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Wipers: A Soldier's Tale From the Great War Paperback – September 12, 2009
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A dramatic coming-of-age story set in the decade after World War II, "Warlight" is the mesmerizing new novel from the best-selling author of "The English Patient." Learn more
About the Author
Jeff Simmons is a graduate of Ohio University's E.W. Scripps School of Journalism and College of Education. He is a former news reporter and a teacher of history, English, and mathematics. A native of Washington, West Virginia, he now resides in Cincinnati, Ohio.
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I base my opinion on the testimony of my late father-in-law, who served in the American Expeditionary Force in France, in a unit under the command of a captain named Harry S. Truman. Like many combat veterans, Dad never talked about his wartime experiences, that is, until I came along fifty years after World War I had ended. By that time, he was ready to open up, and he regaled me with hair-raising tales from his days in the trenches.
I mention this because in reading Simmons' book, I felt as if I were revisiting many of the same stories I had heard forty years ago.
I found the characters he created true and life-like, the plot well paced, and the dialogue crisp. (I'll go so far as to say that I cannot recall another first-book author whose dialogue was so life-like. Simmons seems to have a gift that experienced authors might envy.)
I did not find the pace of the narrative flag over the more than 230 pages, and the denouement came with an appropriate "slam-bang".
Okay, I did find scattered examples of "Americanisms" instead of proper British usage. (E.g., "pants" instead of trousers [there IS a difference!] and "give it a shot" instead of "have a go at it.) But these were few and far-between and did nothing to mar or otherwise detract from the narrative.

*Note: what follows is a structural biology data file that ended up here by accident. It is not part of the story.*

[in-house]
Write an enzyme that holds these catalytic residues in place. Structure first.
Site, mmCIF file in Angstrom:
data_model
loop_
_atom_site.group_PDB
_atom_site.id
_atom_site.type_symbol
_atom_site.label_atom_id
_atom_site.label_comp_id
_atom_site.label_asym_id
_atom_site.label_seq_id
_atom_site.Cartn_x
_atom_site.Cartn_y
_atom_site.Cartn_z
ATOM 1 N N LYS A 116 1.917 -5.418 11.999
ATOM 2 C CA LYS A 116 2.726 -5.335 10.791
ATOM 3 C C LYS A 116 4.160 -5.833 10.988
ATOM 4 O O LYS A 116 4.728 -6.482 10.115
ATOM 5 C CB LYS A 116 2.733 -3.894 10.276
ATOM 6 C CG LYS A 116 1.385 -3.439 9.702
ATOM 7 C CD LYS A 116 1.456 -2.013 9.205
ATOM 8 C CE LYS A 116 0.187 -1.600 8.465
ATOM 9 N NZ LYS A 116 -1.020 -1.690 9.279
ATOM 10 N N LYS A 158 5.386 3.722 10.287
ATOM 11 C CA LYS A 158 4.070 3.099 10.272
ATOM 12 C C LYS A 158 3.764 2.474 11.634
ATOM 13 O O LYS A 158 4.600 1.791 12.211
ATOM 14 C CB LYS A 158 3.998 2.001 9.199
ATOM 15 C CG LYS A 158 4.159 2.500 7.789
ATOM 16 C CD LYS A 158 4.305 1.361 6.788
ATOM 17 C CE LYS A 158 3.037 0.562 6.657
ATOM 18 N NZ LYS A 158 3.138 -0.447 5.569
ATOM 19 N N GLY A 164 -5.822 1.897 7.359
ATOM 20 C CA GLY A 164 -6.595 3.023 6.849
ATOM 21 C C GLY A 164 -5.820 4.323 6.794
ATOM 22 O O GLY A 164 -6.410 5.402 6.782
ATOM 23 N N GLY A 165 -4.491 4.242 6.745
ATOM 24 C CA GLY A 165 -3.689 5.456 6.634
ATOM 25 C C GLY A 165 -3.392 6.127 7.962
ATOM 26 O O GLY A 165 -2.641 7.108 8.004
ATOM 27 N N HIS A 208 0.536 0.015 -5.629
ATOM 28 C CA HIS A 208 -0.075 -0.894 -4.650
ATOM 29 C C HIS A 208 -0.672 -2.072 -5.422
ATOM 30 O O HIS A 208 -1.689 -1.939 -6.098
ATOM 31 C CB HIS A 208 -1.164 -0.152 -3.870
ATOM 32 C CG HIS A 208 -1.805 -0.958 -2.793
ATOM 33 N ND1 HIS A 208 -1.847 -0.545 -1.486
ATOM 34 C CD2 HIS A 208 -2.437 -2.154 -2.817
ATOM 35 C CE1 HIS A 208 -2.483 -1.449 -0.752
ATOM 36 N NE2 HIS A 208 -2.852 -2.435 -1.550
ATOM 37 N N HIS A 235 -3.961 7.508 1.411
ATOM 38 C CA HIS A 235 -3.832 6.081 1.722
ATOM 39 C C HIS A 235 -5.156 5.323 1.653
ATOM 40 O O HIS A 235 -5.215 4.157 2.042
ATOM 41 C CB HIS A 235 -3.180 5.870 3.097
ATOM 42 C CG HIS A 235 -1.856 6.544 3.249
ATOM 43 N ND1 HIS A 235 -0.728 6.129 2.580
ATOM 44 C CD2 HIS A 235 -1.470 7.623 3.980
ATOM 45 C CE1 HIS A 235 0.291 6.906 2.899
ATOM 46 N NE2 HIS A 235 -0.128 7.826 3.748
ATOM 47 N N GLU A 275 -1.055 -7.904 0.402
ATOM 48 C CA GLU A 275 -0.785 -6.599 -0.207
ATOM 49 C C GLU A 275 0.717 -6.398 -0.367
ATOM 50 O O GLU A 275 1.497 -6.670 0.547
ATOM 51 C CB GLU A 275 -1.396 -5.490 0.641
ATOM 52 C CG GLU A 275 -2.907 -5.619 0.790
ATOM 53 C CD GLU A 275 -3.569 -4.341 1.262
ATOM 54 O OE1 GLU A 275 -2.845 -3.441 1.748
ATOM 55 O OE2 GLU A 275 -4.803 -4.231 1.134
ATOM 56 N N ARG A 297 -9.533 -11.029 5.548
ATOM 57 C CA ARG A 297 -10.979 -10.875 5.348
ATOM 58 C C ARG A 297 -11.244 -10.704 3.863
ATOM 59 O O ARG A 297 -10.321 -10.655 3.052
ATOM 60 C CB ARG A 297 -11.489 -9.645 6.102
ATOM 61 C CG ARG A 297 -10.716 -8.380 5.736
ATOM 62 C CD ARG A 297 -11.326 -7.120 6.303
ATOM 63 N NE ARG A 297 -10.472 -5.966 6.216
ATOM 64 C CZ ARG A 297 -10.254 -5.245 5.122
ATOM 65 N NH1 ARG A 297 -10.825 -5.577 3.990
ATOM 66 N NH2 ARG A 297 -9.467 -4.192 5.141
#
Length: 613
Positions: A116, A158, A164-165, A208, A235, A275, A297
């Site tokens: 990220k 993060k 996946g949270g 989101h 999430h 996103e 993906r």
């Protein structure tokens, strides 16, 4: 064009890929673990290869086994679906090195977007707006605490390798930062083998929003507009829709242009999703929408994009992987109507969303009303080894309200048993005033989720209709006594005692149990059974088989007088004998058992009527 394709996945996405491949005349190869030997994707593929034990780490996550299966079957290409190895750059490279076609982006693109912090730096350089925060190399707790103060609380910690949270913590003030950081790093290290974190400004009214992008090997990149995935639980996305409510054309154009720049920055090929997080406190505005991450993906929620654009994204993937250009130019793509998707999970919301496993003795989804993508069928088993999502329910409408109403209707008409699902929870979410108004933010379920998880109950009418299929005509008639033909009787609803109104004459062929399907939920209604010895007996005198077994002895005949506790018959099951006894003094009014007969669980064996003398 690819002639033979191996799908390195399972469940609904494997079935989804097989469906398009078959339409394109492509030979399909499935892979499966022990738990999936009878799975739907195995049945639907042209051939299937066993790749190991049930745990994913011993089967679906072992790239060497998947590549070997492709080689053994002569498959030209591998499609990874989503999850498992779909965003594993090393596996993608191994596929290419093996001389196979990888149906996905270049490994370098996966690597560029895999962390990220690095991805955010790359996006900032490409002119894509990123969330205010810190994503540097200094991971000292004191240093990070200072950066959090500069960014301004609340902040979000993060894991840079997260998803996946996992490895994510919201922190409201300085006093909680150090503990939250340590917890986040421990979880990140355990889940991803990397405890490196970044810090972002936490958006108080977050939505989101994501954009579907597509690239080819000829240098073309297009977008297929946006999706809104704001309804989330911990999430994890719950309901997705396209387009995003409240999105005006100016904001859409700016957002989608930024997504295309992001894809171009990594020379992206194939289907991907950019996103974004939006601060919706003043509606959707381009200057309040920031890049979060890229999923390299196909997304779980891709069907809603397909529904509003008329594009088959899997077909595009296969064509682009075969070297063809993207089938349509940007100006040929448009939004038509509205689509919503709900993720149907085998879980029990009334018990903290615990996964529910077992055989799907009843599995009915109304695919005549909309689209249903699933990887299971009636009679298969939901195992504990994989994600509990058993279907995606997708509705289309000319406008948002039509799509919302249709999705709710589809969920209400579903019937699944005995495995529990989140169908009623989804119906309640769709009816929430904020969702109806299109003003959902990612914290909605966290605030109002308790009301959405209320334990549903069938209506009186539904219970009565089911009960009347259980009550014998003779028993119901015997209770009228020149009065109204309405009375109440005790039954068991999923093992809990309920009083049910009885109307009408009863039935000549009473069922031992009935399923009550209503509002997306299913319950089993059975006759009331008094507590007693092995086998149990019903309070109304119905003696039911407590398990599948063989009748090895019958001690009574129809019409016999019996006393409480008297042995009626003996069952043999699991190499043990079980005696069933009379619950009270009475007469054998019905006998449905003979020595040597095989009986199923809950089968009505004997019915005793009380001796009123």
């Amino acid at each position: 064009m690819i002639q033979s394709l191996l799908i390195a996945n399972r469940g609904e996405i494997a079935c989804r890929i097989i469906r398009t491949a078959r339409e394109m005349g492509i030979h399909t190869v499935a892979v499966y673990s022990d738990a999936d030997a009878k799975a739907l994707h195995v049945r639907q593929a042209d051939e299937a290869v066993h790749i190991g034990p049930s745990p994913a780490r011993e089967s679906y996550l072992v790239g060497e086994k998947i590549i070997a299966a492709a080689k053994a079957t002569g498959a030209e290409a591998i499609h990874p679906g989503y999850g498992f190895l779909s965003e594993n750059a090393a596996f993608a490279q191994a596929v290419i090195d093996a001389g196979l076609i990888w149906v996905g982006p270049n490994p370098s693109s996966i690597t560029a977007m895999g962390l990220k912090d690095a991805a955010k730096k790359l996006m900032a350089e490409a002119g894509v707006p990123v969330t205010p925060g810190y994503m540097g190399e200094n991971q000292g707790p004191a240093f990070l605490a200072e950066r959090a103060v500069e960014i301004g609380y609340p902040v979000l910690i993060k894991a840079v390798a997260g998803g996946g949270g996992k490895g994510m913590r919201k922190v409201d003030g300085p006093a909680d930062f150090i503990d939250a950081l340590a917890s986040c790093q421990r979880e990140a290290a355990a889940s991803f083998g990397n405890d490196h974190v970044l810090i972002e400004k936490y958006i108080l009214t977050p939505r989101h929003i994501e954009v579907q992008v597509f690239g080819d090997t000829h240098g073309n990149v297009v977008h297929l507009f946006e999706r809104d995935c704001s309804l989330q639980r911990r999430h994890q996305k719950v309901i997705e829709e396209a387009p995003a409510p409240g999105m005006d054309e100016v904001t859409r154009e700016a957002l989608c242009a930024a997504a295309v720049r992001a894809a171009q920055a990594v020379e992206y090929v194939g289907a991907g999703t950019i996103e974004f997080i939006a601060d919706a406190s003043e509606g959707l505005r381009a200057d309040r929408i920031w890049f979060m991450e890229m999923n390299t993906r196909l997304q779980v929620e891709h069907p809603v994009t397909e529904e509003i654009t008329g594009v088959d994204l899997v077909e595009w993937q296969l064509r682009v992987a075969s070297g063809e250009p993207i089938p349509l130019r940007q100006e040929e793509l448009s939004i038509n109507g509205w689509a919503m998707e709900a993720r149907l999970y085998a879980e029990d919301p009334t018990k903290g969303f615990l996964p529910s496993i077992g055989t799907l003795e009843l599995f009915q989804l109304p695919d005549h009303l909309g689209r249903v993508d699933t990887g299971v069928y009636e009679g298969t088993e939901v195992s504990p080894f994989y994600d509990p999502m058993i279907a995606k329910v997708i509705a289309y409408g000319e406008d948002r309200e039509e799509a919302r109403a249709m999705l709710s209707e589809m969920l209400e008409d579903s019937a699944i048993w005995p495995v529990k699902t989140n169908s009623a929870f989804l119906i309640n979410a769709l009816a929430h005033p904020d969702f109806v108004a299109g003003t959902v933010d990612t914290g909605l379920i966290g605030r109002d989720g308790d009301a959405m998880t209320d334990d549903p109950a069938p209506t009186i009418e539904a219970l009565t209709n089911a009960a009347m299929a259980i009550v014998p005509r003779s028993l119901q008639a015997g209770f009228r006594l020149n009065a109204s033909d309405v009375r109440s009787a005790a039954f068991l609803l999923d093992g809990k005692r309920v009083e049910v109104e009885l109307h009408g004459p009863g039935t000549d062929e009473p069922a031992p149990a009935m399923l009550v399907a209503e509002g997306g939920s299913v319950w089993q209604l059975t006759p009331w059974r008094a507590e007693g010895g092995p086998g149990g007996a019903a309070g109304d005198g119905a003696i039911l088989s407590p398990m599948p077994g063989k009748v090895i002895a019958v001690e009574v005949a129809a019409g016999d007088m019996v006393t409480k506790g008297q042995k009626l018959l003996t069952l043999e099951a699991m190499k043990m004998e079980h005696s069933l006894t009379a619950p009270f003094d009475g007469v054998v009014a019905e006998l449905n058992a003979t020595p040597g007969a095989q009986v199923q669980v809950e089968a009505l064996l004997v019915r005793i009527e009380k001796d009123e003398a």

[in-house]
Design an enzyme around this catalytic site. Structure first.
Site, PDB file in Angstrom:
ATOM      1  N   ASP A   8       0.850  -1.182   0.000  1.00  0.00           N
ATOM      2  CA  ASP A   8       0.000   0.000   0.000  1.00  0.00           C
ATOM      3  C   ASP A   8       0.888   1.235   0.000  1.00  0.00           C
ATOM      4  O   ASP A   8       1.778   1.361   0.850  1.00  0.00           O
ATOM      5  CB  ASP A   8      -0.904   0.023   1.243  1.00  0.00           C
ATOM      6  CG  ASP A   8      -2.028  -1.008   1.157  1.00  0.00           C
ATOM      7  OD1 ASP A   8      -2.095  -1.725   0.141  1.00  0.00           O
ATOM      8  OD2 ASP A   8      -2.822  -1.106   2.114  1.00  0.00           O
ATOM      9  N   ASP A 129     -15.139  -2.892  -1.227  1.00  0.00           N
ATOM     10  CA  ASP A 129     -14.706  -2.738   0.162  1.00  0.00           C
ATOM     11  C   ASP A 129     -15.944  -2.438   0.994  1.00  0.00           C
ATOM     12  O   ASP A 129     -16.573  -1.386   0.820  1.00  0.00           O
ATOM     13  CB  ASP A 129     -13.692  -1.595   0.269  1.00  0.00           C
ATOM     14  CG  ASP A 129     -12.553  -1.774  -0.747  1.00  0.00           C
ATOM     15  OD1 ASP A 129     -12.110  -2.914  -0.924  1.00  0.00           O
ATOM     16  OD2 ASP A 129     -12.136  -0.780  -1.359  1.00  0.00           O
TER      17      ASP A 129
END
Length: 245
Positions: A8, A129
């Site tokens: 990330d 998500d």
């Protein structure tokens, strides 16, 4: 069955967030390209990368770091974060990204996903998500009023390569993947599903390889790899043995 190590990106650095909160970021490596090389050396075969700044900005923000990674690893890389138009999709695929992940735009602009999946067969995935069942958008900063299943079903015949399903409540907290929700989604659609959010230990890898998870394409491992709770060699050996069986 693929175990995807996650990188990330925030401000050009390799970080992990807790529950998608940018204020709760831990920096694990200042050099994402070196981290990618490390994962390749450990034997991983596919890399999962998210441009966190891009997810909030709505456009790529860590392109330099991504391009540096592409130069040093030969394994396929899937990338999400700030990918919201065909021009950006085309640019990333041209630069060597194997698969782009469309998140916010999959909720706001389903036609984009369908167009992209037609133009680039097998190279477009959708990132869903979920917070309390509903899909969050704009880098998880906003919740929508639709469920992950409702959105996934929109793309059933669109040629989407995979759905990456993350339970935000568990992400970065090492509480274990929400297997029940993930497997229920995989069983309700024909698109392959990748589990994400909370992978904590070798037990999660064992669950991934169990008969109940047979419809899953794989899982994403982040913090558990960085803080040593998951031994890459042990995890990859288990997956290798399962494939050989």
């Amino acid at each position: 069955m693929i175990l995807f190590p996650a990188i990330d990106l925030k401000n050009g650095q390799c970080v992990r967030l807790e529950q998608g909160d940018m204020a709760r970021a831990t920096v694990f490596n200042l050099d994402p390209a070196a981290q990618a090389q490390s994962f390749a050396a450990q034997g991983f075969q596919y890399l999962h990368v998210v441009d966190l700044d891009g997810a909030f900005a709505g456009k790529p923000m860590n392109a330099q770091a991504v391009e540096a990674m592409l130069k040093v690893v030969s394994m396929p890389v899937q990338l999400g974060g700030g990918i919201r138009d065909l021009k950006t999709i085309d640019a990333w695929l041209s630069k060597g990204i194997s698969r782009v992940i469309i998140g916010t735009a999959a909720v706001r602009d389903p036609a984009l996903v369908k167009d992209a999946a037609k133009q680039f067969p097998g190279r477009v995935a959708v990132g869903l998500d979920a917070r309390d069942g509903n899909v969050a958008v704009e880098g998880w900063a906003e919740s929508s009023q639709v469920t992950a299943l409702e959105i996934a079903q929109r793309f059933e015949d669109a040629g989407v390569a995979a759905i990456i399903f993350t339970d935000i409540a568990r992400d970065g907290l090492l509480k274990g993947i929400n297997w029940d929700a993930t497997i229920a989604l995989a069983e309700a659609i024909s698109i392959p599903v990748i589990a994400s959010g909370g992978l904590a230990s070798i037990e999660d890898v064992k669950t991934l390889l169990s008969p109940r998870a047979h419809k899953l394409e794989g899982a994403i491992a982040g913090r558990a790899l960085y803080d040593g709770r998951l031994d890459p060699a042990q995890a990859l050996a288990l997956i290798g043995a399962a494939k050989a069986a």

My only regret is that this was not published by a major publisher, for it deserves proper marketing, for I think Wipers has the makings of a best-seller. Moreover, with the centennial of The Great War only a few years off, I also think that Wipers could easily be turned into a highly successful screenplay.
The next thing I am going to do is to order several more copies, one especially for my son so he might have a better idea of what his grandfather experienced over ninety years ago.
The battles and battleground desciptions are bitingly real. The stench, the rats, the gas, the extreme violence, the decomposing bodies that were left stinking on the surrounding ground for months and years, the callous loss of life from any manner of fearful sources. All this is presented in a way that leaves the reader open-mouthed that more soldiers didn't just drop their rifles, walk out of the trenches and say to the rear command, "Just shoot me; it's better than what you are making me go through in the trenches."
Some reviewers criticize the lack of style in the prose and narrative used. Personally I found these elements were perfectly in keeping with what was essentially the tale of a simple, uneducated Englishman, relating one-on-one to his son. If I have a complaint in this aspect it's the "Americanisms" put into the mouth of this simple chap. The use of "fall" for Autumn, "pants" for trousers, and a Brit would never land on his "ass", this bloke would definitley have landed on his "arse".
Another minus for me was the "change of pace" in the middle of the account where the two principle characters get home leave that gives them three weeks in London, away from the horrors of war. This "romantic" interlude turns out to be an unnecessary interruption from the thrust of the story, that is is overlong, soppy and poorly presented. Far from being a break from the action it resulted in a serious flagging of interest for this reader.
However, I do heartily recommend the book for putting forward the horrific reality of a soldier's life in WW1.